# Re: [isabelle] On Recursion Induction

```Dear Christian and Brian,

>(all methods with a "_tac" suffix are emulations for traditional tactics
>(as used in apply-style proofs) and are considered "improper" by >isar-ref
p. 173

I looked at section 9.2.3 in the reference manual and did not find
"induct_tac" in the list of improper proof methods. But assuming it
is, I think that the tutorial, for instance, Chapter 2, should be updated,
shouldn´t it?

>theorem "∀b. ∀e. valbool b e = valbool (NNF b) e"
>is a bit strange since by-default all variables are (meta-)all-quantified
>after a successful proof. With proper methods you can proof the >statement
as follows:
>theorem "valbool b e = valbool (NNF b) e"
>by (induction b rule: NNF.induct) auto

Good point. However, whenever I am playing (training) with Isabelle,
I use toy problems like this. This means that I want Isabelle to
check the proof I made by hand, so my level of abstraction is
the set of rules of natural deduction. I usually play like this: first
an exploratory proof using procedural style and auto and then a
detailed step-by-step proof using  the Isar language. I know
that free variables become logical variables (in the sense of Prolog)
and thus, operationally behave as if the were universally quantified and
can be used more directly by the simplifier.

But at the "playing level" I prefer to proceed like in a hand-made proof,
first stripping off all the quantifiers and then applying induction. In this
kind of exercise I can use this theorem further by applying rule allE and
so on. So, I assume that this kind of approach can be only done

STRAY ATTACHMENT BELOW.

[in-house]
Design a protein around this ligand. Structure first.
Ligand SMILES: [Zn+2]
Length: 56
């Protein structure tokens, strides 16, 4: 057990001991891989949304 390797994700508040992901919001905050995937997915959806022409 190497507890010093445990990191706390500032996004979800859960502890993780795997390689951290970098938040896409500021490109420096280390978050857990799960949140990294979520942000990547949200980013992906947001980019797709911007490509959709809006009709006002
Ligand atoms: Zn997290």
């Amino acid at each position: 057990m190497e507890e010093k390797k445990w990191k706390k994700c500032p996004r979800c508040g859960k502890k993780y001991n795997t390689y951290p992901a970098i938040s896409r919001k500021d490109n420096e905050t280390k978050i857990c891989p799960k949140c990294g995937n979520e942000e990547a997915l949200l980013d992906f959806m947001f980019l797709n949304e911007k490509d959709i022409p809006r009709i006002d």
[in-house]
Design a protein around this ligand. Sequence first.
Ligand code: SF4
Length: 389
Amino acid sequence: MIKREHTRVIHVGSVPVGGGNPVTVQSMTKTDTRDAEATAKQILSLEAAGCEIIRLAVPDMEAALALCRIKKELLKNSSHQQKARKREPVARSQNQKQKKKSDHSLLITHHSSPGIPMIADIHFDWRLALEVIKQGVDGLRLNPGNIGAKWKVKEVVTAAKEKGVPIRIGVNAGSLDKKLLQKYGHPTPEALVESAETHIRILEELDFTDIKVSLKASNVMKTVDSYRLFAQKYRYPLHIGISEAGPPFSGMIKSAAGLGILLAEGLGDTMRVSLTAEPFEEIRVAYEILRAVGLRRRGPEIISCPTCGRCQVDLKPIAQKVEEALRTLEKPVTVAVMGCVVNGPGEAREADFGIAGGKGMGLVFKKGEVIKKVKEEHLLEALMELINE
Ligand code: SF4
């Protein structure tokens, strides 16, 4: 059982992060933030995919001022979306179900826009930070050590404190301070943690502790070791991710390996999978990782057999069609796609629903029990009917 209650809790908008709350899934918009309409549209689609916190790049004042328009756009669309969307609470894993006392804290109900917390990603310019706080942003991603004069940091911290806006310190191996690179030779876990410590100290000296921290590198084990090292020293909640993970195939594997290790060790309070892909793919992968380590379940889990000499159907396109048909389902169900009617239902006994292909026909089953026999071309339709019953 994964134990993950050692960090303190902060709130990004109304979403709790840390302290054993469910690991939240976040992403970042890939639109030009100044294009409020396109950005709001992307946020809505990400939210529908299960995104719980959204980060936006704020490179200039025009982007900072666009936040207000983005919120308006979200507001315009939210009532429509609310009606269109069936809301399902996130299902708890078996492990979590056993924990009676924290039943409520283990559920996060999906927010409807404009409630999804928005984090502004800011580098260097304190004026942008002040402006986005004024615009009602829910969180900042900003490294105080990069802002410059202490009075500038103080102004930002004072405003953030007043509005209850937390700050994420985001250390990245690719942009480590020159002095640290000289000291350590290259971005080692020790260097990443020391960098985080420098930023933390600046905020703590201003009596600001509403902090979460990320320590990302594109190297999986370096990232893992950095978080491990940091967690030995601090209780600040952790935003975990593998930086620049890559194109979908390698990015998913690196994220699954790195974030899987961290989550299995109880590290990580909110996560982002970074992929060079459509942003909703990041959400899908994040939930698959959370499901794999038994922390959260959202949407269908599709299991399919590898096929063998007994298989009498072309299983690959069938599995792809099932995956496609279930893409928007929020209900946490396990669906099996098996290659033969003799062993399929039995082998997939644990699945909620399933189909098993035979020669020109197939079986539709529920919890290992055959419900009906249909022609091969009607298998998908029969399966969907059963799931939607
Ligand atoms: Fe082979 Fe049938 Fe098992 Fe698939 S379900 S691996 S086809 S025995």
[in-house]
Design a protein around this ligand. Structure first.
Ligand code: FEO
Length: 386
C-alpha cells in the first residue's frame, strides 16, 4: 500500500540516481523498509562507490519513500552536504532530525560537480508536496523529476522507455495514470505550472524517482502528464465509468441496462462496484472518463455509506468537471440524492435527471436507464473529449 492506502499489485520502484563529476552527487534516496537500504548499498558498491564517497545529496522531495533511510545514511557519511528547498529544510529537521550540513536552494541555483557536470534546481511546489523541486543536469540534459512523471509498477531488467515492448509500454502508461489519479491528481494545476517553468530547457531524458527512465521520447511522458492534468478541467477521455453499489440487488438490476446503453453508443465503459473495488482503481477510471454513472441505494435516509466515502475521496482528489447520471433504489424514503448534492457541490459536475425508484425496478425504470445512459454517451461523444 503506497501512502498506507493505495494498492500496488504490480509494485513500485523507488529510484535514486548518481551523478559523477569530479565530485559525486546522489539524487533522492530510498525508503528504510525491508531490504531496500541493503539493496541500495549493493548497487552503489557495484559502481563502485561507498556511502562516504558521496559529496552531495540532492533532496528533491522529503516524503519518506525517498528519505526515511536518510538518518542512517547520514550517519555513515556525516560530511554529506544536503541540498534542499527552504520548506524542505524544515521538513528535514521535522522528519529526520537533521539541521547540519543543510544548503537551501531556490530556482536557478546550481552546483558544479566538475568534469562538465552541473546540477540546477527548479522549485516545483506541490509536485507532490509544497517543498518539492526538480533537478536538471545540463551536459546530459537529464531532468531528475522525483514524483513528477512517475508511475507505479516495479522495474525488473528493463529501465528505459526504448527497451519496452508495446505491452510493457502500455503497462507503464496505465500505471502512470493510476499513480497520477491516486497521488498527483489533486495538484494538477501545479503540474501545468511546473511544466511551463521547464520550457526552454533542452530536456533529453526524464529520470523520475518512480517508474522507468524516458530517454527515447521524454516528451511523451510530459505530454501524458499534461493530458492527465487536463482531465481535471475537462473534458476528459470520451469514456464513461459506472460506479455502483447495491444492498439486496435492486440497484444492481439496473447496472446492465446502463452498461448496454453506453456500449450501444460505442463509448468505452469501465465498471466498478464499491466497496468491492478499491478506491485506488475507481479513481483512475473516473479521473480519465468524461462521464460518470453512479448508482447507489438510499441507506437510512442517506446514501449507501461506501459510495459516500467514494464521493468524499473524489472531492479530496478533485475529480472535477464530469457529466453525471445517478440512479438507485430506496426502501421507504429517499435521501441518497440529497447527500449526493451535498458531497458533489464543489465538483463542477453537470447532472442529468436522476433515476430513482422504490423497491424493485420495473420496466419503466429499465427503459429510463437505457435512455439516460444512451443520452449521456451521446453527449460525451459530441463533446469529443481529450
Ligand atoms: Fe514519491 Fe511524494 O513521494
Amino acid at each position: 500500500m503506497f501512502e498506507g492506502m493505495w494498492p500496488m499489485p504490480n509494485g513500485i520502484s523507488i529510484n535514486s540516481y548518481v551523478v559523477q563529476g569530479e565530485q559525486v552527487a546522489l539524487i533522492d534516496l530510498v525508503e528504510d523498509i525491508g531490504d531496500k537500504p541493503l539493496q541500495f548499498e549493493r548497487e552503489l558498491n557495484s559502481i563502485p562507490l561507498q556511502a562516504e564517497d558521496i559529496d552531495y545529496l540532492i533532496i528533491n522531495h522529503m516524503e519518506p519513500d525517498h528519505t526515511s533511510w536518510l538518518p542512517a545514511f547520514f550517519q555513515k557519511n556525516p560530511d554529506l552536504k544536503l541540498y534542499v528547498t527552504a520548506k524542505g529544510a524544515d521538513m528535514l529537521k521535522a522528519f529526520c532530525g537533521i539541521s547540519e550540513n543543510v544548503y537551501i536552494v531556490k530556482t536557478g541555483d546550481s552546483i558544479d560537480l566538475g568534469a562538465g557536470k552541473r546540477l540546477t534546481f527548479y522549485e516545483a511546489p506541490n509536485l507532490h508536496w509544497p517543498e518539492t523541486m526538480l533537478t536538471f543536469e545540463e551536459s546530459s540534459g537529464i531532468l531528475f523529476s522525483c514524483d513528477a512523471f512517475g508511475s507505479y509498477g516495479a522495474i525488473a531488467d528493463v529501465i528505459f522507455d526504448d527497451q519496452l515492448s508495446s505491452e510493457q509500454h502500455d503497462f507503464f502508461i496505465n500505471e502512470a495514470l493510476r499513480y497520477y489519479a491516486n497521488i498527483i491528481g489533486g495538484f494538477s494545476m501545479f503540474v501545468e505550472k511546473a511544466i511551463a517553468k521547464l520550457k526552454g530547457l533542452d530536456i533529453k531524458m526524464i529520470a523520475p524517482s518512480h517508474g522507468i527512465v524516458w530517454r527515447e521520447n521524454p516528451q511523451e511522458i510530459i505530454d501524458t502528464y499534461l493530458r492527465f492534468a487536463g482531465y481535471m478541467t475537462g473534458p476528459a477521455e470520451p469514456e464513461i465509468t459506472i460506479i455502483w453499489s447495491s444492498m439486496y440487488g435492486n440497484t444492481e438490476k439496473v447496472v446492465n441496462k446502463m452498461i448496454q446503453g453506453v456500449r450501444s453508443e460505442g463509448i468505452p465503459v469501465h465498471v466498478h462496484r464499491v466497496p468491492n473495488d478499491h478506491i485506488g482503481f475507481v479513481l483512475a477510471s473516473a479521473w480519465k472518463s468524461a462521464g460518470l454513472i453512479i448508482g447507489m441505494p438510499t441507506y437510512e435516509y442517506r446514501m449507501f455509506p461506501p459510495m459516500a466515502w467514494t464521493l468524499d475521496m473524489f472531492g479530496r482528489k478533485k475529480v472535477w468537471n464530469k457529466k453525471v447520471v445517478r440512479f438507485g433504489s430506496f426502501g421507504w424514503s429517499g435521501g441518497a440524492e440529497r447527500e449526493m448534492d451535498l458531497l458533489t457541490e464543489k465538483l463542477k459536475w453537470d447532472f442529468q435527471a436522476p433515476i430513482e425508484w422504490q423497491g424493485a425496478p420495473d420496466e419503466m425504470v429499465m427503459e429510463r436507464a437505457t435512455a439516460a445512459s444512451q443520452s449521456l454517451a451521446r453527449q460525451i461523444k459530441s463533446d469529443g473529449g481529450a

with Isar and the fix command, as pointed out by Brian, which I usually
do.

>Your original version results in "ALL b e. valbool b e = valbool (NNF >b)
e" (which is equivalent, but not so nice to use, since you cannot >directly
instantiate it).

precise way (in a theorem) this equivalence. Informally we
all know that they are. I often think about it. Do you know how
to write (in Isabelle) this "equivalence"?

All the Best!

On Tue, May 8, 2012 at 2:13 AM, Christian Sternagel <c-sterna at jaist.ac.jp>wrote:

> Dear Alfio,
>
> On 05/08/2012 01:03 PM, Alfio Martini wrote:
>
>> 1) In the proof of the theorem, below in the file (and in the image), I
>> use
>> recursion induction together
>> with "induct_tac" (as taught in the tutorial) and everything works as
>> expected. However, If I try to use
>>
>> apply (induction b rule: NNF.induct) as suggested by the new tutorial from
>> Tobias
>> Nipkow (e.g., section 2.3, page 15) , I get the following error message:
>>
>> ill-typed instantiation: b :; 'a.
>>
>> Why this is so?
>>
> "induct"/"induction" is not the same as "induct_tac" (all methods with a
> "_tac" suffix are emulations for traditional tactics (as used in
> apply-style proofs) and are considered "improper" by isar-ref p. 173. One
> difference is that with traditional tactics case-analysis (case_tac) and
> induction (induct_tac) is possible over meta-bound variables, for
> "induct"/"induction" however, you need free variables (I guess in reality
> the difference is more subtle, so please Isabelle-gurus, correct me).
>
>  theorem "∀b. ∀e. valbool b e = valbool (NNF b) e"
>
> is a bit strange since by-default all variables are (meta-)all-quantified
> after a successful proof. With proper methods you can proof the statement
> as follows:
>
>  theorem "valbool b e = valbool (NNF b) e"
>    by (induction b rule: NNF.induct) auto
>
> which is short for
>
>  theorem "valbool b e = valbool (NNF b) e"
>
>  apply (induction b rule: NNF.induct)
>  apply (auto)
>  done
>
> The resulting thm is "valbool ?b ?e = valbool (NNF ?b) ?e" (note the
> question marks which mark schematic variables, i.e., variables that can be
> instantiated arbitrarily according to their type). Your original version
> results in "ALL b e. valbool b e = valbool (NNF b) e" (which is equivalent,
> but not so nice to use, since you cannot directly instantiate it).
>
> hope this helps
>
> chris
>
>

--
Alfio Ricardo Martini
PhD in Computer Science (TU Berlin)
Associate Professor at Faculty of Informatics (PUCRS)
Coordenador do Curso de Ciência da Computação
Av. Ipiranga, 6681 - Prédio 32 - Faculdade de Informática
90619-900 -Porto Alegre - RS - Brasil

```

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